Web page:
Property Inheritance: Why and What Do Families Fight About?

Eugenia Liew
Property Inheritance: Why and What Do Families Fight About?
We have all heard of stories or binge-watched dramas where family members and loved ones turn against each other when money or property inheritance is involved. Turns out, you don’t have to be a crazy rich Asian for there to be family in-fighting.
“Property is a big part of disputes especially when the value of property and investments in property have gone up,” according to Nandakumar Renganathan, equity partner and deputy head of litigation and dispute resolution practice at RHTLaw Asia LLP. “But even in a declining market where disputes are fewer, you will still have issues.”
For this guide, we’ve partnered with legacy planning marketplace, Immortalize, to tap on the experiences of lawyers and experts to understand common reasons why families fight over property, and what they fight about. Hopefully, this will help you prepare in advance, leaving the melodrama to Netflix.

Previous vs New Family

Do you know someone who is divorced? Or have remarried again? There is a big chance that we all do.
In today’s society, divorce and remarriage are increasingly common. People having children with their new spouse or pre-existing children from their new spouse becoming part of the family makes estate distribution more complex, according to Nandakumar Renganathan from RHTLaw Asia LLP.
“The reality is that when people are in love, they make a lot of decisions which are emotional and not in their best interests. When the relationship breaks down, that’s when things go wrong,” Renganathan said. “This applies not just to couples, but also to parents and their children.”


Your will gets revoked and nullified when you remarry, but not when you get divorced. Your ex-spouse could still get your inheritance!
“I always tell my clients to make sure that when they complete the divorce, redo their will,” Sarah-Mae Thomas, managing director at Sarah-Mae Thomas LLC, said. “I’ve seen for blended families where there are stepchildren, they have said things like, ‘Who do I take care of? Do I take care of everyone equally? Could the percentage change after divorce?’. These are some things to consider.”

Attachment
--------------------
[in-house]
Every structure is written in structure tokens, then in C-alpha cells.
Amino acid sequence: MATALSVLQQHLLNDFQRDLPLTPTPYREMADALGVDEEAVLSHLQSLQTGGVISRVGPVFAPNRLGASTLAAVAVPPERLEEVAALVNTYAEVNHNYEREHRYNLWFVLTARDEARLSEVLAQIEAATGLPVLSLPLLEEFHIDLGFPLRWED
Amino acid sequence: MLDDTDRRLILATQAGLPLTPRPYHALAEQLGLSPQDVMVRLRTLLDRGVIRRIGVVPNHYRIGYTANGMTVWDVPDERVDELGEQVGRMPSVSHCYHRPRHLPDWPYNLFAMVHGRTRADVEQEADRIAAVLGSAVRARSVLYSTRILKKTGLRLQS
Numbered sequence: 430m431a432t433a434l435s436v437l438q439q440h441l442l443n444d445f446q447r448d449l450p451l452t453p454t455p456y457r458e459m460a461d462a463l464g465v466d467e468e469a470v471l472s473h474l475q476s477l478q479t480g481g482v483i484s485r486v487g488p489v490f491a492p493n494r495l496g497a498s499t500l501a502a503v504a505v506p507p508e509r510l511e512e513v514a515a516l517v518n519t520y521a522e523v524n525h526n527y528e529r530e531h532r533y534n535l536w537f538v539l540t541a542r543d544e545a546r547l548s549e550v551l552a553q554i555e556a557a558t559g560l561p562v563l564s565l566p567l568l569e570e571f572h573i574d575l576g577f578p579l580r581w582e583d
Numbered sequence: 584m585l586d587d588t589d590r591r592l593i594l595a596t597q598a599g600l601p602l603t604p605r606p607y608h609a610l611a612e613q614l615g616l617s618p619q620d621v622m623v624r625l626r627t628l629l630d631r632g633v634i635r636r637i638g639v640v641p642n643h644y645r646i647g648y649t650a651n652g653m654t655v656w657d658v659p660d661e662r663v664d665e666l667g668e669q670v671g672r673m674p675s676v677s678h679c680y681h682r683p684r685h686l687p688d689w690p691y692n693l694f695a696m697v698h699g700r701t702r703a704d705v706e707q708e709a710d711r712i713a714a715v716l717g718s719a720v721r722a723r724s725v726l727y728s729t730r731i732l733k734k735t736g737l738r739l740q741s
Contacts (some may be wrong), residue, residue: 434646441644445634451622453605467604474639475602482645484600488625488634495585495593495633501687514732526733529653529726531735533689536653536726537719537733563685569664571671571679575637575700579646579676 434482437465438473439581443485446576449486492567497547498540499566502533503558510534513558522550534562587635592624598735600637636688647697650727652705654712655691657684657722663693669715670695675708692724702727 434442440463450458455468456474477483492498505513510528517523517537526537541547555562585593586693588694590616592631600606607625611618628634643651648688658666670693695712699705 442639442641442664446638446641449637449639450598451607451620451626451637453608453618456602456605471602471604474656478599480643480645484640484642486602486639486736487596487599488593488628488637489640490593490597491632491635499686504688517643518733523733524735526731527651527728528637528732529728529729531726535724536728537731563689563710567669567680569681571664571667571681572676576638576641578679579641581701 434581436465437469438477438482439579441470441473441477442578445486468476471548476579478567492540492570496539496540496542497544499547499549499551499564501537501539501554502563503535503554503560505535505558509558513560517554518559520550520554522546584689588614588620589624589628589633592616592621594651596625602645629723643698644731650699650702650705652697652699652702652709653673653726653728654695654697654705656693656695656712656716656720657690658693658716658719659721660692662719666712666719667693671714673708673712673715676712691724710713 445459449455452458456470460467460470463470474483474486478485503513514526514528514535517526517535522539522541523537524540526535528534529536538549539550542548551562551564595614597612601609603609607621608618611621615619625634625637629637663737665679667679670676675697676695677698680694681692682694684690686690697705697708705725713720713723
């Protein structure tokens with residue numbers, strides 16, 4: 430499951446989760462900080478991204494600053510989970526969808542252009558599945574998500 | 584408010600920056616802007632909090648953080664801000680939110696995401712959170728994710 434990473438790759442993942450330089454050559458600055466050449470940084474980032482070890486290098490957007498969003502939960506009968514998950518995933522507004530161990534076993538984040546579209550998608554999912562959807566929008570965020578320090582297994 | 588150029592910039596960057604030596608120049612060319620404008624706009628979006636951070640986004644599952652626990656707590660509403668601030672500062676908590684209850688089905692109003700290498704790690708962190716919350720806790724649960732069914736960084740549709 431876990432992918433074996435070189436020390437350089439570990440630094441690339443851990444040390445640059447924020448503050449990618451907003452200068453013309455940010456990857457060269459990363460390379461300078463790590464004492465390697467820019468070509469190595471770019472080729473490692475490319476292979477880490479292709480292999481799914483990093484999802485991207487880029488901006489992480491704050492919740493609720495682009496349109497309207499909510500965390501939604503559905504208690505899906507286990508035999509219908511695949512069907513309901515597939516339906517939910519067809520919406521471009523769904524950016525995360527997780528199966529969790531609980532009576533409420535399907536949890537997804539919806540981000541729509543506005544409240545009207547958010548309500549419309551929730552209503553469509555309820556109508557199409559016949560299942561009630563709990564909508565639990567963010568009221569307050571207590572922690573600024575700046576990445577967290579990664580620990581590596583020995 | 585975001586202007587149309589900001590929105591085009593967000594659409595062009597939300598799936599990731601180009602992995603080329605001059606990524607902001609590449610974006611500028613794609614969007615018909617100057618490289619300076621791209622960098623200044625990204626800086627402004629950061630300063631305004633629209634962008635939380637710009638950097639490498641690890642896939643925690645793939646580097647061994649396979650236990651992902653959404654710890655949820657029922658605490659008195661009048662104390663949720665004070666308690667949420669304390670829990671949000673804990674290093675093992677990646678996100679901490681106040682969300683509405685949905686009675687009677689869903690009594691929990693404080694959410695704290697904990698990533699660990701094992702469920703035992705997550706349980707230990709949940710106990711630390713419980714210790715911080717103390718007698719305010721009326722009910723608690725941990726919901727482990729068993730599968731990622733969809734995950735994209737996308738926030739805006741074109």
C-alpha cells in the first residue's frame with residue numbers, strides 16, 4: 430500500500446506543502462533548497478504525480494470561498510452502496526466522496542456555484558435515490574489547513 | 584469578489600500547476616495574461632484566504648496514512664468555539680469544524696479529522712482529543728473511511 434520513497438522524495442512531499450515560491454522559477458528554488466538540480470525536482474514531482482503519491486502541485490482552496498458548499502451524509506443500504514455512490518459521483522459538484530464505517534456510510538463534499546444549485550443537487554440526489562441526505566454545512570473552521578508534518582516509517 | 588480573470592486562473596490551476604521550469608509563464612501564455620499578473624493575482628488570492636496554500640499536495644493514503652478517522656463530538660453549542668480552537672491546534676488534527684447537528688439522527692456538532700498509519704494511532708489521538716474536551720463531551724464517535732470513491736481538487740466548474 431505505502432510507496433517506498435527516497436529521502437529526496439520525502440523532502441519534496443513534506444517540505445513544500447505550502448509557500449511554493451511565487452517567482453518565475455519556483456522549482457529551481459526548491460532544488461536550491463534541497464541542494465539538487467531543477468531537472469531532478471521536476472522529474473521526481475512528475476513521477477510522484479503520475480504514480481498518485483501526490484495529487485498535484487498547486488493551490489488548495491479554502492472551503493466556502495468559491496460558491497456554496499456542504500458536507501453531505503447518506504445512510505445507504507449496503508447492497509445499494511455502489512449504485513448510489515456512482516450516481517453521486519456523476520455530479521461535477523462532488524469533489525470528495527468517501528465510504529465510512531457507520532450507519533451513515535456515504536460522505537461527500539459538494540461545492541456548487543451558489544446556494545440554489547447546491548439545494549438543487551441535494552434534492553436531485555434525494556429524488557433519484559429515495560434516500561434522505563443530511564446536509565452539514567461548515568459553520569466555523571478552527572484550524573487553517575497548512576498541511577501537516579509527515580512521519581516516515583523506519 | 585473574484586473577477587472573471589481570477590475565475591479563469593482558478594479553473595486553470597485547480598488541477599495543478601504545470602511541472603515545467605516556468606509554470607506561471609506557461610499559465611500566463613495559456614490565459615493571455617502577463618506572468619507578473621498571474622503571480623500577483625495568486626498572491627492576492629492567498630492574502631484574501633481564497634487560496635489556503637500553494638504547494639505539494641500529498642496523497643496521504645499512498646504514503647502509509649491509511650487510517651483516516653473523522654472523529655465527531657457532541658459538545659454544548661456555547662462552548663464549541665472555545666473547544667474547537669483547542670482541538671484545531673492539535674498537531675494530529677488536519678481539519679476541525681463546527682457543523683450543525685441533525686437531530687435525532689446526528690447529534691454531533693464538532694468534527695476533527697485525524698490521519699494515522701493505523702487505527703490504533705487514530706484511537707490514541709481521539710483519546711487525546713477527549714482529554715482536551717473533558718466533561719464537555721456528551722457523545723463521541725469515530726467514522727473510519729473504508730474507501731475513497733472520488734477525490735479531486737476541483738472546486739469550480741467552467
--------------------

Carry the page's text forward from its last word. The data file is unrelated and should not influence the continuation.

Children vs Parents

With an increase in Western influence and Asian parents having children who are well educated and have lived in many different countries, the children’s worldviews are often very different from their parents and many times they don’t agree, according to Edmund Leow, senior partner and head of the tax and trust, estates and wealth preservation practice at Dentons Rodyk & Davidson LLP.
“In some cases, they are already fighting while the parents are still alive,” Leow said. “But even if they don’t fight when the parents are alive, unfortunately, there’s a high risk that [the children] will fight after the parents are gone.”
So, what do families fight about?

Portion of Inheritance Received

The most common thing that people dispute is the portion that they receive, according to Hazell Ng, equity director and head of private wealth & matrimonial practice at WMH Law Corporation.
While a will allows you to give to anyone you want in any way you want, that will have to be valid. A will can be invalid if, for example, the will isn’t properly signed or the testator (person making the will) lacks mental capacity when executing the will.